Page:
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Camden News - By PAUL KIELTHY
Published: 3 September 2009
Elderly abuse by carers rises

Cases increase ‘due to more reporting’

THE number of cases of physical and financial abuse of elderly, ill or disabled adults being investigated by social services in Camden nearly trebled in the past year, a new report has shown.
The number of adults referred to social services because of concerns over neglect, bullying, and sexual or physical abuse rose from 161 to 458 between 2008 and 2009, according to the council report to be discussed by the Housing and Adult Social Care scrutiny committee on Monday.
While family members carried out most of the abuse, in a fifth of cases the abuser was a paid carer. The elderly were the group for which most reports of abuse were received.
The council’s social services experts said the sharp increase was due to better reporting systems.
Daniel Blake, head of policy at campaigning charity Action On Elder Abuse, said: “Research shows that nationally around 90 per cent of older people who are experiencing abuse are not coming anywhere near safeguarding services.
“Camden is probably right to say that this is better reporting rather than an increase in abuse, but no local authority is in a position at the moment where they can be complacent.”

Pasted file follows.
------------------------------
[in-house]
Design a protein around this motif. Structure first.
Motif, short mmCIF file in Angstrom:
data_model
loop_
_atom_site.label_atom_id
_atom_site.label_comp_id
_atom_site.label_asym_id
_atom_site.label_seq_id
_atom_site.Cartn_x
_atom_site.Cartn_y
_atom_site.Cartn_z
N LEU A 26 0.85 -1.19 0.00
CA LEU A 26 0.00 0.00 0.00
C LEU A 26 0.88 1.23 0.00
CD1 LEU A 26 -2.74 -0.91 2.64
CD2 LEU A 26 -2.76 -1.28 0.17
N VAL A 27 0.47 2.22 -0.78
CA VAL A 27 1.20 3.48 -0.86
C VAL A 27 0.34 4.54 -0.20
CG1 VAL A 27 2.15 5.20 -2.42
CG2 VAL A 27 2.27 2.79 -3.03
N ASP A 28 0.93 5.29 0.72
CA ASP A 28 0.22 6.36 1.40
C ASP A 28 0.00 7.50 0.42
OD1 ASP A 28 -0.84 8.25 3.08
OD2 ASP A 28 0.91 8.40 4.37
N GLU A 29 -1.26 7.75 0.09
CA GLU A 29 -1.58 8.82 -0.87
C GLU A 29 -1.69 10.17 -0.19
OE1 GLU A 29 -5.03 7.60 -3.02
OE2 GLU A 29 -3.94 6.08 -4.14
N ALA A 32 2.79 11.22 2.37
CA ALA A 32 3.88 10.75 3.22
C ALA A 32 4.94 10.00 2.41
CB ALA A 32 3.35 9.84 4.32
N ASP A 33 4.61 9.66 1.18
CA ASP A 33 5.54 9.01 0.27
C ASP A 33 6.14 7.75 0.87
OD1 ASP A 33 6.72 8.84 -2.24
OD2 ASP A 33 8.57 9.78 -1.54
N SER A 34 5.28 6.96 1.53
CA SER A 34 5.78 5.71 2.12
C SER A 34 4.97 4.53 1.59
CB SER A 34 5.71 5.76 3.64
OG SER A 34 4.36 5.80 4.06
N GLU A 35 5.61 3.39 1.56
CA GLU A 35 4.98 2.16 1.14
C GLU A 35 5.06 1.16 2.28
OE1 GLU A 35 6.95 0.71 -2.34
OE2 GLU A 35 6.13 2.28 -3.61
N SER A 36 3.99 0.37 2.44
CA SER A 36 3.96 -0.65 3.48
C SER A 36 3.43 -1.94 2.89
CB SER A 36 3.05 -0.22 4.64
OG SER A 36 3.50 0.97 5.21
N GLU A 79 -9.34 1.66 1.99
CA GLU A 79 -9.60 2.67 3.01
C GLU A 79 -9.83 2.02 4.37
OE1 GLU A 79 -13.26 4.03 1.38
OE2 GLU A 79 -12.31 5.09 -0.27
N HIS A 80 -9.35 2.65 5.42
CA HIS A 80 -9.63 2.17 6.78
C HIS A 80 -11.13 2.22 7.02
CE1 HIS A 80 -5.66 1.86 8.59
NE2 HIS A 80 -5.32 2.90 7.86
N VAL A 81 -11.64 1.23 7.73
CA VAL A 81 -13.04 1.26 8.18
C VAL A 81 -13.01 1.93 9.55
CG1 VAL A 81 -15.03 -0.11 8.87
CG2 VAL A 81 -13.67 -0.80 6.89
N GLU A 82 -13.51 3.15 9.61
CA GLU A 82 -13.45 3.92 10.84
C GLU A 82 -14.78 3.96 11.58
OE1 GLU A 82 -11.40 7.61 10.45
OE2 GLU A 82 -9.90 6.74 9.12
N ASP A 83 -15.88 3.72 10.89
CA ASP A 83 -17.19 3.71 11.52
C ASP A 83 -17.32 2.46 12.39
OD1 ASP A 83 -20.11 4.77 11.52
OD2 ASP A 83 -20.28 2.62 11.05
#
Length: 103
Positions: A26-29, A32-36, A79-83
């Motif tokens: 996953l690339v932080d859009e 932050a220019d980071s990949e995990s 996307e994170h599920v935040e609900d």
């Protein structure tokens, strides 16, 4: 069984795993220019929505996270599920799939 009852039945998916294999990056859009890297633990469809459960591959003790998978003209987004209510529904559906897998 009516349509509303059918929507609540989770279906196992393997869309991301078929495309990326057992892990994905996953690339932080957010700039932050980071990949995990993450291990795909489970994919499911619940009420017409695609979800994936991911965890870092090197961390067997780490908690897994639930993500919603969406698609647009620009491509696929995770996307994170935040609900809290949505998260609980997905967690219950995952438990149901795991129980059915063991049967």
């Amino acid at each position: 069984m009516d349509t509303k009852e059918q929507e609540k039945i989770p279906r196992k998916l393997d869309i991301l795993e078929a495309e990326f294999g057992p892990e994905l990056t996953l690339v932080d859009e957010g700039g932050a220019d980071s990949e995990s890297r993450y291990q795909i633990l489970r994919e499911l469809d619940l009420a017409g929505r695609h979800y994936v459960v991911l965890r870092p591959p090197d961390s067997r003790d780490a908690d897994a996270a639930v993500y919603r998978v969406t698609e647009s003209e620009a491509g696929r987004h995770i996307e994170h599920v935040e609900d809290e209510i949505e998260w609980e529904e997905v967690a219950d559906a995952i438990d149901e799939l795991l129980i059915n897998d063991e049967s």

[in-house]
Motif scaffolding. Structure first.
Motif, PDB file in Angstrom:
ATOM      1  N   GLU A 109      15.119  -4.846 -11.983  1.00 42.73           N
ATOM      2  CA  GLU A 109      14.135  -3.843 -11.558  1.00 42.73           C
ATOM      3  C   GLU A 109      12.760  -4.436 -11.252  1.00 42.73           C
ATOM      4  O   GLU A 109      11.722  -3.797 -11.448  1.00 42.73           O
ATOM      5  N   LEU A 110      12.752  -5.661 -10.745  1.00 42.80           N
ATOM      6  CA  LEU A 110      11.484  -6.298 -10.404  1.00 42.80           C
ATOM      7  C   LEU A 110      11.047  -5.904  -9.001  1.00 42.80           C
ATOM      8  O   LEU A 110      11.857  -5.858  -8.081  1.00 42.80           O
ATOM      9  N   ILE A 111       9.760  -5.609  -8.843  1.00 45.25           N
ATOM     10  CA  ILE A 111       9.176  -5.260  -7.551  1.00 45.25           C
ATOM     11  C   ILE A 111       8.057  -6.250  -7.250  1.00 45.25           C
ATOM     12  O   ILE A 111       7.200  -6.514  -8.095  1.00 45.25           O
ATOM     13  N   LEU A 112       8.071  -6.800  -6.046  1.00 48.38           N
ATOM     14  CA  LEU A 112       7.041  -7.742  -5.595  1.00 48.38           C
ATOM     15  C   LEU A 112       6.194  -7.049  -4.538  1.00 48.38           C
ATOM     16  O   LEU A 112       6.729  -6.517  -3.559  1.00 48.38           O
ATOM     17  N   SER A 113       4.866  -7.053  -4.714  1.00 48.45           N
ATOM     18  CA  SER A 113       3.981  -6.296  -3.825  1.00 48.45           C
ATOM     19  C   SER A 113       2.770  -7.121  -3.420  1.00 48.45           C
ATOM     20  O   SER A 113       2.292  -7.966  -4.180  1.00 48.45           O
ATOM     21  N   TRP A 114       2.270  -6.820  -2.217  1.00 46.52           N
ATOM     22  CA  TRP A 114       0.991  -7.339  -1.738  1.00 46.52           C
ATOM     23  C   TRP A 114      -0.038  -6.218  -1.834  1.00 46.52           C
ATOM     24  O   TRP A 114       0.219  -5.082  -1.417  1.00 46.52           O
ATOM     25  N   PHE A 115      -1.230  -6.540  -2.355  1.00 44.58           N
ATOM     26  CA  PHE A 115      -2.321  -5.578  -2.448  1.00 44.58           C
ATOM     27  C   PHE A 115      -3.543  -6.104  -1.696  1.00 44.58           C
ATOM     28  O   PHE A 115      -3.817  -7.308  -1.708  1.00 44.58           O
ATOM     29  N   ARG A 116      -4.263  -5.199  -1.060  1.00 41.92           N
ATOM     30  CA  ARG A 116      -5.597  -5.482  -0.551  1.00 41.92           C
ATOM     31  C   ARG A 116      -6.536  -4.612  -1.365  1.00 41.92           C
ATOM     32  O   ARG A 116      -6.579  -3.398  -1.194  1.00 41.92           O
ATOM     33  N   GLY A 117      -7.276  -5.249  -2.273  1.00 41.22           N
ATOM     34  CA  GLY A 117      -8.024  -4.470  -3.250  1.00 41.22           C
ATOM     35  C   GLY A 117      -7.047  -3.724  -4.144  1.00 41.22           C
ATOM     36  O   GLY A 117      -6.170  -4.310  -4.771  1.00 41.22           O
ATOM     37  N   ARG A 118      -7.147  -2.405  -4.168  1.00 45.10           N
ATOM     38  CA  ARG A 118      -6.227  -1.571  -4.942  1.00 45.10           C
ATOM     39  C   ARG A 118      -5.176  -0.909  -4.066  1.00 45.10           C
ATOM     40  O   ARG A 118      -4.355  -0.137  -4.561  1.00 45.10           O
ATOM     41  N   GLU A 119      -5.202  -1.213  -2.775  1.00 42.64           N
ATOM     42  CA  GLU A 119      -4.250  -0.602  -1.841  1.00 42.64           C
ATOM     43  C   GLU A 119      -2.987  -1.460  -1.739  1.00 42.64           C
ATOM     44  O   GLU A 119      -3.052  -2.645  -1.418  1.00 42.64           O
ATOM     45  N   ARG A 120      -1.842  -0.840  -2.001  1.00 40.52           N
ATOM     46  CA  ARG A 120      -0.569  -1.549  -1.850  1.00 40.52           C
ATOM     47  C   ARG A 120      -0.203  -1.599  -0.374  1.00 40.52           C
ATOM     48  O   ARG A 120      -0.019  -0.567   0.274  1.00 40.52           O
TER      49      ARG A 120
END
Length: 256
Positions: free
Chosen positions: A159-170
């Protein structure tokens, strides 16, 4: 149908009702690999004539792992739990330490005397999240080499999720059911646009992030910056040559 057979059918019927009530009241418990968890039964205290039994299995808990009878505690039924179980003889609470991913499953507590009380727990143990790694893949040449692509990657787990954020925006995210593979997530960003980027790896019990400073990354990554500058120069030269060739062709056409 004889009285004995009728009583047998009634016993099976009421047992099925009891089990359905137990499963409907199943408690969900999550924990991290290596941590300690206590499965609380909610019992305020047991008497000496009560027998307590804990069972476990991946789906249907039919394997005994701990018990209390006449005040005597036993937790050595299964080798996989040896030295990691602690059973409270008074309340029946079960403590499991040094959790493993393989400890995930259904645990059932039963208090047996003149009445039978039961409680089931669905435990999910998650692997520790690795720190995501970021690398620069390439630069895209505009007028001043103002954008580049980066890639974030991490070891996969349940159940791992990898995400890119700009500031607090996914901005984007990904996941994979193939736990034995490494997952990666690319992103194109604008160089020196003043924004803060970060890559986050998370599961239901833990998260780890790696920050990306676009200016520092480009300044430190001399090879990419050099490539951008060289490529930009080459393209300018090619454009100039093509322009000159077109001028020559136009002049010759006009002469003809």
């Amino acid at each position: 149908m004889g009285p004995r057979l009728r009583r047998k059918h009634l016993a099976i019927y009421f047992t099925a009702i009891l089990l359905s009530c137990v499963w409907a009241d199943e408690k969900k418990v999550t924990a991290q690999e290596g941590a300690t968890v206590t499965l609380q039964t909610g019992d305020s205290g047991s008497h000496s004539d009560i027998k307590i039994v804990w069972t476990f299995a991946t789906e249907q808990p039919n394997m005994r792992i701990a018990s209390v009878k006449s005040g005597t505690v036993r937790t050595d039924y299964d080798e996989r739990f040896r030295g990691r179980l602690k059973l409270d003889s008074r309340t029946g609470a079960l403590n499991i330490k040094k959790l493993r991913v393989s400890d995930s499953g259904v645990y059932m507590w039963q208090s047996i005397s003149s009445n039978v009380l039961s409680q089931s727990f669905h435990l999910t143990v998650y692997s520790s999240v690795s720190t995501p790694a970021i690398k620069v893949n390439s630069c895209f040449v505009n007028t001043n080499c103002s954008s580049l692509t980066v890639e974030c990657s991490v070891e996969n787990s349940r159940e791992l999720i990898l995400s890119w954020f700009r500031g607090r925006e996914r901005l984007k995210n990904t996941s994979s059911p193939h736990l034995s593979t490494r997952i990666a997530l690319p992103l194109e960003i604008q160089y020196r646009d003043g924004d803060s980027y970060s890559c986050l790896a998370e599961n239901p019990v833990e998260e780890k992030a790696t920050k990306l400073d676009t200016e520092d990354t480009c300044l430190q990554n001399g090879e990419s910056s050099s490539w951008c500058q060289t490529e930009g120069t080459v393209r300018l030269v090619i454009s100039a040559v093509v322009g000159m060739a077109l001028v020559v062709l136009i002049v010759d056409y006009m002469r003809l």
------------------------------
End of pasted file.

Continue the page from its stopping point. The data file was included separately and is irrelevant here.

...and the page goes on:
Older people and the disabled are most likely to be victims of financial abuse, while people with learning disabilities are more likely to physically abused, according to the report. Mr Blake said the financial abuse of older people – which can range from straight theft to emotional blackmail – was the fastest-growing area of concern.
Conservative councillor Martin Davies, who is in charge of social services at the Town Hall, said the council was aware that many cases of abuse went unreported.
“Reporting of abuse of vulnerable adults is still very much hidden – people don’t report it,” said Cllr Davies.
He acknowledged that the number of referrals of abuse by carers was “troubling”, adding: “It’s a fifth of the total. You’re working in a sector where you hope that abuse is not being perpetrated by paid carers but the reality is that people in their home environments are quite vulnerable and it is necessary to put people into positions of trust.”
More than half of the recorded cases of abuse were in the victims’ own homes. But a fifth of cases were reported from residential and nursing homes or hospitals.
A council spokesman said: “In 2008/9 Camden Council and its partners carried out a campaign to raise awareness of what forms of abuse constitute safeguarding issues, which has led to more referrals being categorised in this area. Previously, many referrals about vulnerable adults were not necessarily recognised as safeguarding issues, although appropriate action was always taken in response to any concerns.”
Anyone with concerns for an adult who may be being abused should call social services on 020 7974 4000.

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